The third act especially sets Crowe free to give the kind of compelling, unfussy physical performance that made him a star to begin with. The escape itself turns out to be impressive, managing that tricky balance of being just believable enough to excite your imagination. Haggis has set and shot the film in and around Pittsburgh, and he takes unusually convincing advantage of the city's seemingly labyrinthine series of bridges and tunnels. The pursuits are refreshingly down and dirty, and the film conveys that jumpy, immediate panic of that universal nightmare of someone pursuing you from seemingly every angle. In these moments, Haggis shakes free of his script's hand-wringing and lends authenticity to the old movie trope of average people thrust headfirst into something far beyond their capabilities.
Still, one wishes that The Next Three Days were a little less square. Haggis never explores the compromises and sacrifices that Liam Neeson's terrific cameo prepares us for, as John is never tested to any extent that truly threatens to alienate us from him. The usual unimaginative prejudicial details are relied upon as well: The various prison workers are stern and unsympathetic as points are routinely scored on their failure to empathize with John and Lara's plight. The Next Three Days is Haggis's best film so far, but he has the potential to make a better one yet if he ever decides to truly engage with his characters'—or his—darker impulses.
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The film is clearly going for the look of a certain kind of 1970s crime film in which the darkness appears to be threatening to swallow the characters whole. Blacks, blues, and browns dominate, while the whites are grainy and somewhat washed out. The transfer here is fine, but it could use a little more clarity, as the darkness occasionally dominates in a fashion that probably wasn't intended: A few of the back-alley confrontations have a visual-coherence issue that might not have been present in the theater. Still, the film looks reasonably well most of the time, and the detail in the film's ultra-bright daylight finale is impressive. The sound is consistently excellent and precise throughout, which serves in highlighting a number of Paul Haggis's hints and punchlines, such as the sound editing of the final moment with the button.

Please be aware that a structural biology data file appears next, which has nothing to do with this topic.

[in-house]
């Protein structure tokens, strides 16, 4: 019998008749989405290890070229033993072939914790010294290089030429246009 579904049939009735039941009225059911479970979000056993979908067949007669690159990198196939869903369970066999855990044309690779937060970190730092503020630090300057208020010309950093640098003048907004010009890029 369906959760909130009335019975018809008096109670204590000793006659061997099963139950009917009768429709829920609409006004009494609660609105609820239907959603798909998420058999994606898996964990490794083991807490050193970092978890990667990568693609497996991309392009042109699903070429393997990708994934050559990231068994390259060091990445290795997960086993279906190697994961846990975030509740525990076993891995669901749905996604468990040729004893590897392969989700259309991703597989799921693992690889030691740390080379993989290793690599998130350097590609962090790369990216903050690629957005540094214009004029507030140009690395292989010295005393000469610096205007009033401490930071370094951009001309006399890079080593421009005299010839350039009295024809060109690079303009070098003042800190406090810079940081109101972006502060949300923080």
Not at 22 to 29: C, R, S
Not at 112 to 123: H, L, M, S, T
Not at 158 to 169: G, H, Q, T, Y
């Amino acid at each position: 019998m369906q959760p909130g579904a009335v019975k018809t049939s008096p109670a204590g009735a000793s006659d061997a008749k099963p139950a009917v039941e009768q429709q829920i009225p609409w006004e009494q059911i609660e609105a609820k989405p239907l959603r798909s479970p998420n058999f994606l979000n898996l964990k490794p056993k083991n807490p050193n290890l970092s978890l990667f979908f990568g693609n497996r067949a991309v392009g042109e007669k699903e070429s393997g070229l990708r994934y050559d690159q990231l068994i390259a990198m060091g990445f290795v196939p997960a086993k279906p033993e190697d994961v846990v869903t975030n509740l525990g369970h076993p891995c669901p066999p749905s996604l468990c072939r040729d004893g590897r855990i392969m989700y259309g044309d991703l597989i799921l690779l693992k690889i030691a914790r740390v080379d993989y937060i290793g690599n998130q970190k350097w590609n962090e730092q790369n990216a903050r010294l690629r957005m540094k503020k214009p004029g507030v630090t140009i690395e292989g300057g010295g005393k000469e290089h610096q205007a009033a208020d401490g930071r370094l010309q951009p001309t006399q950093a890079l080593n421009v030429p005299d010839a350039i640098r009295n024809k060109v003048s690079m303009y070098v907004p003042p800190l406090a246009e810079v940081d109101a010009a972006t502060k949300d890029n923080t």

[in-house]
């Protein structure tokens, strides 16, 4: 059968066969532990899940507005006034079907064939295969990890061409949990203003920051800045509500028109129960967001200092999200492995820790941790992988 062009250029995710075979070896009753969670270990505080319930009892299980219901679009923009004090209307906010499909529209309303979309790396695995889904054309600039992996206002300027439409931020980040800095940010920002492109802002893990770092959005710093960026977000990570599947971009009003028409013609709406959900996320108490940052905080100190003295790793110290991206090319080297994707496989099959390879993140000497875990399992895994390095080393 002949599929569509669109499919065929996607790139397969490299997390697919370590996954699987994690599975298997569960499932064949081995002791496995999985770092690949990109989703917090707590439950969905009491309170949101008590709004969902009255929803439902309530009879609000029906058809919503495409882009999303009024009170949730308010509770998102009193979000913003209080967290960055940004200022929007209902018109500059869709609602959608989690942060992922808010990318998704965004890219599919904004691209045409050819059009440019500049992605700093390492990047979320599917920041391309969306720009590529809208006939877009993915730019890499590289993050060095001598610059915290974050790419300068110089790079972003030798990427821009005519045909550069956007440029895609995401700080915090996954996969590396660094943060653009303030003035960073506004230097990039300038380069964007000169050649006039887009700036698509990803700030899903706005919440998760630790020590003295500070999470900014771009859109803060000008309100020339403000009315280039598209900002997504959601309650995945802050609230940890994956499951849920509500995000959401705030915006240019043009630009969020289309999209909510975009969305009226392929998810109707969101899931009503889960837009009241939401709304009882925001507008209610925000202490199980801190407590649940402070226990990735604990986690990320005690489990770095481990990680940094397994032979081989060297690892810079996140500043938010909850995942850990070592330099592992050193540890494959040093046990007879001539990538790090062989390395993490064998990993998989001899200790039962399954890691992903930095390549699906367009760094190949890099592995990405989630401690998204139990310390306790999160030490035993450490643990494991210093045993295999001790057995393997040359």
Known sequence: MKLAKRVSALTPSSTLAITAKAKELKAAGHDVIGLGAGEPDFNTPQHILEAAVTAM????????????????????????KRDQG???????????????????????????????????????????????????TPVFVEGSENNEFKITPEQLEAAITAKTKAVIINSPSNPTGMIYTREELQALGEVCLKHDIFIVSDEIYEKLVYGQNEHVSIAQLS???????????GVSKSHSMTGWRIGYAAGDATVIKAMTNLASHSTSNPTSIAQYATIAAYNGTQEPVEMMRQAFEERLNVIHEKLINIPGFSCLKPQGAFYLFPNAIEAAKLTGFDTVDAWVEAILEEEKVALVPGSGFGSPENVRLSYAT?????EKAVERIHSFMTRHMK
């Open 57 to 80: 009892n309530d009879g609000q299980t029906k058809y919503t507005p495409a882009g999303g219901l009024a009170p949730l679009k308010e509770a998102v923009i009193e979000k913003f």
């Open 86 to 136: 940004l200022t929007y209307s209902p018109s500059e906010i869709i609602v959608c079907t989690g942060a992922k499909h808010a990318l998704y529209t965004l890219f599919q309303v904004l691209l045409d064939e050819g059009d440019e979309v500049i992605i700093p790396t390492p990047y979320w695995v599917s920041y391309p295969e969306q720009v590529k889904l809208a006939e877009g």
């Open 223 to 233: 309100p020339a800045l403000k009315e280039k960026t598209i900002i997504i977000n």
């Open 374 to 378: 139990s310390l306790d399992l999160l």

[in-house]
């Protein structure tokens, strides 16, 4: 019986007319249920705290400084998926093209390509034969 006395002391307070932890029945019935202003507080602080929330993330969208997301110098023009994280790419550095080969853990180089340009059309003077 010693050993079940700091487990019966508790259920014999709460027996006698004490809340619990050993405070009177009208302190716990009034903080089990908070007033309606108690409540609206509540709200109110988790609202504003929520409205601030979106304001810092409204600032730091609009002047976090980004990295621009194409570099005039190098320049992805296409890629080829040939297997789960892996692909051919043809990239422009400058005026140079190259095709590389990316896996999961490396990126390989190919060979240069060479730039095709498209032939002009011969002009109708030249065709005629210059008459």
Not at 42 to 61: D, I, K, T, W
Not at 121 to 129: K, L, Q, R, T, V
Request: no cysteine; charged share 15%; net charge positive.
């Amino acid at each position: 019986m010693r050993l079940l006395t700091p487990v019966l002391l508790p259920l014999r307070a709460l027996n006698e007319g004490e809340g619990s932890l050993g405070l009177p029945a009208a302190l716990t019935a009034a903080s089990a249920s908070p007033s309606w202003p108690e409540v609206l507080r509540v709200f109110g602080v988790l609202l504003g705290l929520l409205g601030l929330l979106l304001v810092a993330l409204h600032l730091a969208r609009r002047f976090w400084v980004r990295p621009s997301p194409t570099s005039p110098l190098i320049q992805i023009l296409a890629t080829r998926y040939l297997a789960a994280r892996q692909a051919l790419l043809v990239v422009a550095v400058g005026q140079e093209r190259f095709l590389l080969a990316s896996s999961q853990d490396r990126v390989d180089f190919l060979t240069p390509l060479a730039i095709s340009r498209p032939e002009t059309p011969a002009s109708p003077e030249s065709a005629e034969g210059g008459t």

The commentary by Haggis, producer Michael Nozik, and editor Jo Francis is mostly composed of the usual "We did this during that scene and that during this scene" anecdotes, but the trio has an unforced, appealingly relaxed chemistry. Haggis, who dominates the commentary, discusses his various writing, directing, and condensing decisions, such as the needless moments he trimmed to whittle the film down from its original three-hour running time or the various ways he achieved the film's numerous trick shots. The commentary has an entertaining Pop-Up Video vibe, as you can turn it on and still make out most of the actual movie while various somewhat nerdy tidbits emerge.
The featuerettes—"Making of The Next Three Days" and "The Men of The Next Three Days"—are forgettable promo items that largely repeat bits covered in the filmmaker's commentary. The deleted and extended scenes afford a better-than-usual glimpse into Haggis and Francis's process of shortening the film (and there are a few moments—establishing how John formulates a crucial part of his escape plan—that should've probably remained in the film). "Cast Moments" is a traditional bloopers reel, but the only real embarrassment here is the pointless and vaguely exploitive "True Escapes for Love" featurette, which attempts to tie in the crime sprees of real life criminals such as Bonnie and Clyde with those fictionally portrayed in the feature film.
The Next Three Days is Paul Haggis's best film so far, and he has the potential to make a better one yet if he ever decides to truly engage his characters'—or his—darker impulses.